Wednesday, July 21, 2010

Blown Away

by Drew Martin

I had intended on going for a midday walk yesterday to a promenade along the Hudson River. I wanted to clear my mind and forget about things; neither bad nor complicated. I just wanted to stop thinking for awhile because I ponder too much for my own good, especially about art. Halfway to the river's eastern bank, however, I seem to have gotten off track and found myself in the Maccarone gallery at 630 Greenwich Street in the West Village. I frequent this gallery and I always wanted to write something about their shows but my thoughts usually wander away from my intentions. So if I end up posting this, it will be quite an accomplishment for me.

I have to say that I am very glad I waited. This is my favorite show to date at Maccarone. An initial glance into the space from the street was enough to draw me in to spend some time there. The show "This is the last place I could hide" by the northwesterner Eli Hansen seems entirely experimental because his work looks the part: beakers, iron armatures, steel tables, an electric hot plate, tubes passing bubbling water into pails and a dangling extension cord. Hansen's glass art objects are hand blown so there is a broad material familiarity that stretches from early 17th century Jamestown craftsmanship to today's toker bong displays at head shops.

The apparatus first reads as scientific but quickly reveals itself as a rigged joke, at worst, a middle America crystal meth lab. Reconsidering the show's name and works with titles such as We used to get so high, the gallery takes on a dubious and illegal tone. It's actually a good feeling because even the most shocking and pornographic art these days feels safe and approved of in a gallery setting. Hansen's work, however, is beautifully suspect. The glass bulbs are colorful and fluid looking but there is an odd tension, like a mad scientist or a junkie lab tech might catch you snooping around his place and either shoot you on the spot with a sawed-off shotgun or throw you down a dry well in his basement in a Silence of the Lambs way. At least, this is how I felt in one of the rooms. The other room is much more formal and about display.

A third area, a tiny, low-ceiling walk-in room lined with tar paper, is the most curious space. From the outside you see only white sheetrock walls and a glassy eye; an over-sized peep hole shaped by Hansen. You expect to go in and have a secret view of the gallery but once inside, you feel like the blinded Polyphemus or at least a cyclops with severe glaucoma because Hansen's lens is purposefully imperfect and it's hard to make sense of what you can see. You are then left to examine the contents of the black room: articulated metal funnels in a glass orb on a low table, wall-mounted tin boxes: one with Factory Seconds printed on the lid and the other labeled Special Value Panatellas with the handwritten words Rubber on the former and Electronics on the latter. For a moment the dubious feeling returned, however, this time I did not feel like a wayward but innocent Goldilocks. I felt like Ted Kaczynski, the Unabomber, in his backwoods shack.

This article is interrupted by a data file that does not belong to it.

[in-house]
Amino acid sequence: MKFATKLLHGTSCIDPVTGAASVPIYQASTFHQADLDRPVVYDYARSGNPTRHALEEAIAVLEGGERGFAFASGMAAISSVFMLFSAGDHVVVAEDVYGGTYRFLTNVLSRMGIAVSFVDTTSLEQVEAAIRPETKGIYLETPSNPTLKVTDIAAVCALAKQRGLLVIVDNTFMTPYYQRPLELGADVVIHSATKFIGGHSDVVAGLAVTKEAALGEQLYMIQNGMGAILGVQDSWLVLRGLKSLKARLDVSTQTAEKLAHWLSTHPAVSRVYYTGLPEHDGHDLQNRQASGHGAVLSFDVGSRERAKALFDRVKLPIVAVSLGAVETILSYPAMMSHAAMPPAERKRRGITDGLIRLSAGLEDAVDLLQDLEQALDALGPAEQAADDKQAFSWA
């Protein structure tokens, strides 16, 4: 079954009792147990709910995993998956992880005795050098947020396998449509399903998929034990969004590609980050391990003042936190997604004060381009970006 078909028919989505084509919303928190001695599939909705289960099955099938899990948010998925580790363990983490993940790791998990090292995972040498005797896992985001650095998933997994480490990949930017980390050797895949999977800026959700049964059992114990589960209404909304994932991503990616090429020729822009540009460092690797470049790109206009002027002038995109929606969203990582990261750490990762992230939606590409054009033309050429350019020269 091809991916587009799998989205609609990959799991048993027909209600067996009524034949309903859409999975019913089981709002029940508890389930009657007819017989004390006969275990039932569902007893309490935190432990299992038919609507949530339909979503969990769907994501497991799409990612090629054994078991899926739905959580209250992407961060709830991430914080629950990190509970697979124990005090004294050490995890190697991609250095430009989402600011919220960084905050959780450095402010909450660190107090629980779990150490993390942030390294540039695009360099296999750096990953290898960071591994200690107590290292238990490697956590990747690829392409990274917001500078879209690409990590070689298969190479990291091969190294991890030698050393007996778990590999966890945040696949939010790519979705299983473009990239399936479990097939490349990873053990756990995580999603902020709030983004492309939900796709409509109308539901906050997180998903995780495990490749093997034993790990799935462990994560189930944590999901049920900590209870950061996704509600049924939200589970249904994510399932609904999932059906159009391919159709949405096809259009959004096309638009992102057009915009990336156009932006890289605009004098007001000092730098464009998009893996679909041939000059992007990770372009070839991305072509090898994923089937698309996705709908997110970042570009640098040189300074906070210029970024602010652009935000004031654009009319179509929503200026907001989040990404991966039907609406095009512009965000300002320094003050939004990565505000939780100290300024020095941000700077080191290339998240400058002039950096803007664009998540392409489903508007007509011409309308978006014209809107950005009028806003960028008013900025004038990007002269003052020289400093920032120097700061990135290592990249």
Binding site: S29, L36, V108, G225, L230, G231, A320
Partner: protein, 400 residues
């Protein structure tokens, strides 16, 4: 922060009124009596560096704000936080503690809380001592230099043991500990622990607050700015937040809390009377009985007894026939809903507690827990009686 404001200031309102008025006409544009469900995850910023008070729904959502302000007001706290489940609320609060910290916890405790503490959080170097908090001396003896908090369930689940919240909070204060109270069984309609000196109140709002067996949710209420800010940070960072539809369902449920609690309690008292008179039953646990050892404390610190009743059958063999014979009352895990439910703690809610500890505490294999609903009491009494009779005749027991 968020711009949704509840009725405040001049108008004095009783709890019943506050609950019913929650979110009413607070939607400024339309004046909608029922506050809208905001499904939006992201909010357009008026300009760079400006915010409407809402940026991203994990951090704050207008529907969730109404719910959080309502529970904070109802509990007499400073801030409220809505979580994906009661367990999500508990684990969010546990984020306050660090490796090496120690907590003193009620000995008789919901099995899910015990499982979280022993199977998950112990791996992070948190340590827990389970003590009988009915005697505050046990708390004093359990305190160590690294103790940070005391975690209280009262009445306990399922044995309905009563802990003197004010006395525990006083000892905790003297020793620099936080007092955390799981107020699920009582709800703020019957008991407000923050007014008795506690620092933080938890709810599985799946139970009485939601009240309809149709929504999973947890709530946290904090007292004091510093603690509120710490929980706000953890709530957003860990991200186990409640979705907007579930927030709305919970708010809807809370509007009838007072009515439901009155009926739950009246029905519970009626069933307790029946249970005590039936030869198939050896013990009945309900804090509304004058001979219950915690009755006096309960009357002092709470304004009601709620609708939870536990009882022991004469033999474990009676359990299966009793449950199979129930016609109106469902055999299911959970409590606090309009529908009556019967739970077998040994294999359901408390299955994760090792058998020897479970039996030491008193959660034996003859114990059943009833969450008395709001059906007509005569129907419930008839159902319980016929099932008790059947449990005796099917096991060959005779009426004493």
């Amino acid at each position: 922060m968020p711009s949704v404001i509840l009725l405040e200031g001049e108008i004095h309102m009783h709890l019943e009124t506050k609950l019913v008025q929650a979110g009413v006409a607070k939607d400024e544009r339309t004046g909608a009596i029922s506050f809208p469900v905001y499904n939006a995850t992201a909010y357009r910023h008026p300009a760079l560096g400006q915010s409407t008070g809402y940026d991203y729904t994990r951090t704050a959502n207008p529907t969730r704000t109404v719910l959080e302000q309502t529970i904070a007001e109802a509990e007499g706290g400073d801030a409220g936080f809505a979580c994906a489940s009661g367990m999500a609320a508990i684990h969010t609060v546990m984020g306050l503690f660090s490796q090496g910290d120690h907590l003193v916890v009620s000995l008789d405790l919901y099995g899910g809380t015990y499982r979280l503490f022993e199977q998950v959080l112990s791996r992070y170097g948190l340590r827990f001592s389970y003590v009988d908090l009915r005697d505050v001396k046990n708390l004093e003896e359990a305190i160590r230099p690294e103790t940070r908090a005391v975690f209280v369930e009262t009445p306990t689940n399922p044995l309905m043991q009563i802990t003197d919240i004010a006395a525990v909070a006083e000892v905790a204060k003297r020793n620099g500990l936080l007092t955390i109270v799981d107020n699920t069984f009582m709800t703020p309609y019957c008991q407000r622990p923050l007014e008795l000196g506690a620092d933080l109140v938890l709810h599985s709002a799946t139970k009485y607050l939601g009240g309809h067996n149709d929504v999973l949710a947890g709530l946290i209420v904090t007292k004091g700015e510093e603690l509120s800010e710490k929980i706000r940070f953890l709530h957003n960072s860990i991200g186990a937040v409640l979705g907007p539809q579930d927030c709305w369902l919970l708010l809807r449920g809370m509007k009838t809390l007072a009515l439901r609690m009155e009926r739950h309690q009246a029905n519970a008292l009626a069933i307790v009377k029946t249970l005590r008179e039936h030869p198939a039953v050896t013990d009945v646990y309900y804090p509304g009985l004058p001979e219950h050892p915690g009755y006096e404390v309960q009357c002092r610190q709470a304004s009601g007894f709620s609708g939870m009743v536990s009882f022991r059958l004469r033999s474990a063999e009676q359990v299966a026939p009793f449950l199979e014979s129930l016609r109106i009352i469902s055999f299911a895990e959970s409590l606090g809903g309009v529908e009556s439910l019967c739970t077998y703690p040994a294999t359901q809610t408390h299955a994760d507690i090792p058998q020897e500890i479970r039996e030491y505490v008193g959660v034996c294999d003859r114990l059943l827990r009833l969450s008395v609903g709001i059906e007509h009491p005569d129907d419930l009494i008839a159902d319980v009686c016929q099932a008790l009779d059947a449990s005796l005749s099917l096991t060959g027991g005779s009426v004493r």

Fortunately, this unpleasant sensation quickly lifted with cheerful memories of studying installation art at my university two decades ago, when it was a more popular art form. This little room made me realize how much I like and miss this kind of art, especially since I studied for two years with one of the most influential installation artists, Ann Hamilton. When you are surrounded by such work, you lose focus on a specific object; a lone painting or sculpture. Certain barriers are eliminated and you surrender yourself to the space.

I made a reference earlier to Jamestown because I first saw glass being blown at a young age by a historical interpreter in Virginia. The fact that Hansen places his handmade glass vessels on simple wooden shelves, deepens the reference. By putting them in the same room as his edgier pieces, the mood reminded me of the unfortunate fate of Americas' first glass blowers.

The initial British "adventurers" here weren't very skillful. Even the task of making the protective palisades at Jamestown was left to the sailors before leaving the dandies behind for England. Germans and Poles were imported as glass blowers and pitch makers to kick start such trades. When Jamestown fell into the starving period early on, the continental Europeans, abandoned the settlement project, which had been established to find gold, and went to live with Pocahontas and the other Algonquians. They filled their bellies with fresh venison and were much better off than their emaciated English counterparts but when supply ships finally arrived with an impressive new leader for the swampy pre-colonial disaster, chief Powhatan feared they would switch sides again so he ordered to have all of their heads smashed with rocks, which is indeed what happened. Needless to say, the first efforts in glass making were thwarted.

Four hundred years later, Hansen is here to remind us that glass blowing is alive and well in America and has its place in contemporary art. Unfortunately, what is missing is the beauty of the process, but he seems to want to usher us beyond the knowns of glass and explore its hidden, emotional qualities.